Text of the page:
Brown -- Red beet skins make a beautiful mahogany brown. Roast fresh beets at 350 degrees until soft (about one to two hours, depending on size). Peel off the skin and about 1/8" of the beet. Reserve beets for eating (they are delicious roasted!) and add the skins to the dye pot. Use about one egg-size beet per egg. Allow to soak overnight. Grape juice produces a beautiful sparkling tan (I think the sparkles are from the high sugar content of the grape juice--this is one of my favorites!) Also recommended but I haven't yet tried: coffee.
Yellow -- Saffron makes a bright yellow when eggs are soaked overnight. Use about 1/4 teaspoon saffron threads for four eggs. Recommended but I haven't yet tried: tumeric or cumin, orange or lemon peels, or celery seed.
Green -- Recommended but I haven't yet tried: spinach. Carrot tops and peels from Yellow Delicious apples produced a yellow-green.
Blue -- Red cabbage leaves make the most incredible robin's-egg blue. Use about a quarter of a medium head of cabbage, chopped, for four eggs. After the 15 minutes of boiling, the eggs are still almost white, but after soaking the eggs in the dye liquid for about six hours, they turn very blue. Frozen blueberries produce a kind of steel-grey-blue right in the cooking pot. Use 1 cup blueberries for four eggs.
Deep Purple -- Red wine makes a beautiful burgundy color right in the cooking pot. Cover the eggs completely with undiluted red wine, and add the vinegar right to the wine. Recommended but I haven't yet tried: hibiscus tea.
Tips for successful results:
- Use filtered or distilled water. Chlorine and other chemicals will work against the dye, making it less intense. Buy distilled water or use your own filtered water.
- For deeper colors, use more dyestuff or let the eggs soak longer.
- For even coverage, cook eggs in a pot large enough to hold enough water and dyestuff to completely cover the eggs, even after some of the liquid has evaporated during the 15 minute of boiling.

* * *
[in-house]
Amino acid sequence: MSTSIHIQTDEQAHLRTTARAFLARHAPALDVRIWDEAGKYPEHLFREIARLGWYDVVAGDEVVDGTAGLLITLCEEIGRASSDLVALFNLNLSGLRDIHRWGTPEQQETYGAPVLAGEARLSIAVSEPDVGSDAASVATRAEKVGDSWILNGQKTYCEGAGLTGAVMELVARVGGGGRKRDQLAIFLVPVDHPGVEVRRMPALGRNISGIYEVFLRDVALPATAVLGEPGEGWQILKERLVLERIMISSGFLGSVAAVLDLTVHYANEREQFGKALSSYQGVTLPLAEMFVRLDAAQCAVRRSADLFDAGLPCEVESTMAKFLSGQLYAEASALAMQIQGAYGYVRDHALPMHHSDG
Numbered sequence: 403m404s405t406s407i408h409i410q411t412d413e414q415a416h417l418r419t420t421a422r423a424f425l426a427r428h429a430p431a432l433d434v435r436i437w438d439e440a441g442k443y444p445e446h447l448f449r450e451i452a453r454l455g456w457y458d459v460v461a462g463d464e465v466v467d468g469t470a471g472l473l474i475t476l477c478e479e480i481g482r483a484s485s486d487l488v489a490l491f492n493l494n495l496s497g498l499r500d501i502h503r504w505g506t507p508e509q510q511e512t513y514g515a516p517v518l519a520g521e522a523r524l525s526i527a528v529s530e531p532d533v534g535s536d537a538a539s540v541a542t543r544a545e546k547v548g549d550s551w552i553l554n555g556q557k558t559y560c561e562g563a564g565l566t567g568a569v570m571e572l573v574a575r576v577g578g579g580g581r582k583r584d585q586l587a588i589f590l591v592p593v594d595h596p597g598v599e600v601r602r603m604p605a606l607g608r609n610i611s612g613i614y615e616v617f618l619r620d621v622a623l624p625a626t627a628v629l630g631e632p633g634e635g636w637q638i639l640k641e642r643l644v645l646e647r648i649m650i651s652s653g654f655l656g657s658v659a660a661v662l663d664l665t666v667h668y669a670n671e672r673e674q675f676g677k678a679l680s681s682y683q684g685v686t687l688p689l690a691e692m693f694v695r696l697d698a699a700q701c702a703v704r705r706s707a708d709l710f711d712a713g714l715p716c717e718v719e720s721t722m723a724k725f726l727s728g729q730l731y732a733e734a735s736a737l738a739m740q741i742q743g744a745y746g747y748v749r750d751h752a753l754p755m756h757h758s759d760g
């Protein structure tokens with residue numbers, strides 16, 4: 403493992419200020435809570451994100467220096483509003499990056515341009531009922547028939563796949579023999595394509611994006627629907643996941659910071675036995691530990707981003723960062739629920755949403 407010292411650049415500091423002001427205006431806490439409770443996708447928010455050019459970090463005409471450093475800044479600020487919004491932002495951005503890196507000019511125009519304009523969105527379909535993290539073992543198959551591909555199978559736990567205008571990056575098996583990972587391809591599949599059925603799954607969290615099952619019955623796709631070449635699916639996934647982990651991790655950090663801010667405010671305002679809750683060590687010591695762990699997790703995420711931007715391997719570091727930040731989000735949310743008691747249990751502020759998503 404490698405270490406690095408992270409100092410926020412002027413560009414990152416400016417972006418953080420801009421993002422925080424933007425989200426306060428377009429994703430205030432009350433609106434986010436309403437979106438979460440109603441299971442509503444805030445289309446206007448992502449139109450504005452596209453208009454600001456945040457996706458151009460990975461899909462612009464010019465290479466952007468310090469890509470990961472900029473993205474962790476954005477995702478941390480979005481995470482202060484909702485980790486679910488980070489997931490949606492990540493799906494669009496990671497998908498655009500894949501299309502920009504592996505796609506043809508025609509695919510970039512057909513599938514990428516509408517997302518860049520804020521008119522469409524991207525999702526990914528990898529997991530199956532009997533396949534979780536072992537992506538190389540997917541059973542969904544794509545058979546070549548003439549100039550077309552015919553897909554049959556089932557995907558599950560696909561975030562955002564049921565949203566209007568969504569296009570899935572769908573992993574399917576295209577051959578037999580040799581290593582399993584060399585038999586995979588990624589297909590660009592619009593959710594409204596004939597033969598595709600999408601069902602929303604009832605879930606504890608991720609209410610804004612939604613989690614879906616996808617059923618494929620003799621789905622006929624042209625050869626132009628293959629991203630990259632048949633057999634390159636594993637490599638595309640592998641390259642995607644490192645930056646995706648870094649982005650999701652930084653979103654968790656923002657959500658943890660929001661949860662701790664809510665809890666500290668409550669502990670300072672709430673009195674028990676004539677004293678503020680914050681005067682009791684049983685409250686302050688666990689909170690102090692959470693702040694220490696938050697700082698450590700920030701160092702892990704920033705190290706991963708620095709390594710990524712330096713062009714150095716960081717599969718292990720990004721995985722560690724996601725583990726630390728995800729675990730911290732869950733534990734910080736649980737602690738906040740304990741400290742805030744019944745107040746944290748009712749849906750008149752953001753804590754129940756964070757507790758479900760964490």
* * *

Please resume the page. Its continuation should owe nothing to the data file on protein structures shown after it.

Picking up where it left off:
- Again, for even coverage, if you continue to soak the eggs in the refrigerator after cooking, make sure the eggs are completely covered with the dye liquid.
- Blot the eggs dry or allow them to air dry, as for some colors the dye will rub off while still wet. On the other hand, if you wish to make a white pattern on the egg, you can rub off some of the dye for some colors immediately after cooking.
- Make sure eggs of different colors are completely dry before piling them up in a bowl together, as wet dye from one egg can transfer to another.
Cold-dipped Egg Dyes
A few years ago, Martha Stewart recommended some recipes for natural easter egg dyes that are no longer on her website. Since I can't link to them, here they are.
Martha suggests making dyes separately, then soaking boiled eggs for various periods of time to achieve the desired colors. Eggs can be soaked in more than one dye to acheive desired colors.
Select your dyestuff and place it in a pot, using the amounts given below.
Add 1 quart of water and 2 tablespoons white vinegar to the pot. If more water is needed to cover ingredients, add more vinegar proportionally. Bring to a boil and lower then lower heat and simmer for 30 minutes. Strain the dye into a bowl and allow to cool to room temperature.
- Red-cabbage dye: 4 cups chopped
- Turmeric (a spice) dye: 3 tablespoons
- Yellow onion-skin dye: 4 cups (skins of about 12 onions)
- Beet dye: 4 cups chopped
- Coffee dye: 1 quart strong black
For more natural egg dye ideas, see
- Pale Yellow: Soak eggs in turmeric dye for 30 minutes.
- Orange: Soak eggs in onion-skin dye for 30 minutes.
- Light Brown: Soak eggs in black coffee dye for 30 minutes.
- Light pink: Soak eggs in beet dye for 30 minutes.
- Light blue: Soak eggs in cabbage dye for 30 minutes.
- Royal blue: Soak eggs in cabbage dye overnight.
- Lavender: Soak eggs in turmeric dye for 30 minutes, then cabbage dye for 30 minutes.
- Chartreuse: Soak eggs in turmeric dye for 30 minutes, then beet dye for 5 seconds.
- Salmon: Soak eggs in turmeric dye for 30 minutes, then beet dye for 30 minutes.
>Au naturel: Color your eggs the old-fashioned way
Includes tips for making fancy patterns on your eggs with natural dyestuffs.
> Natural Dyes for Easter Eggs
Tips for special effects and natural dyestuffs from your garden.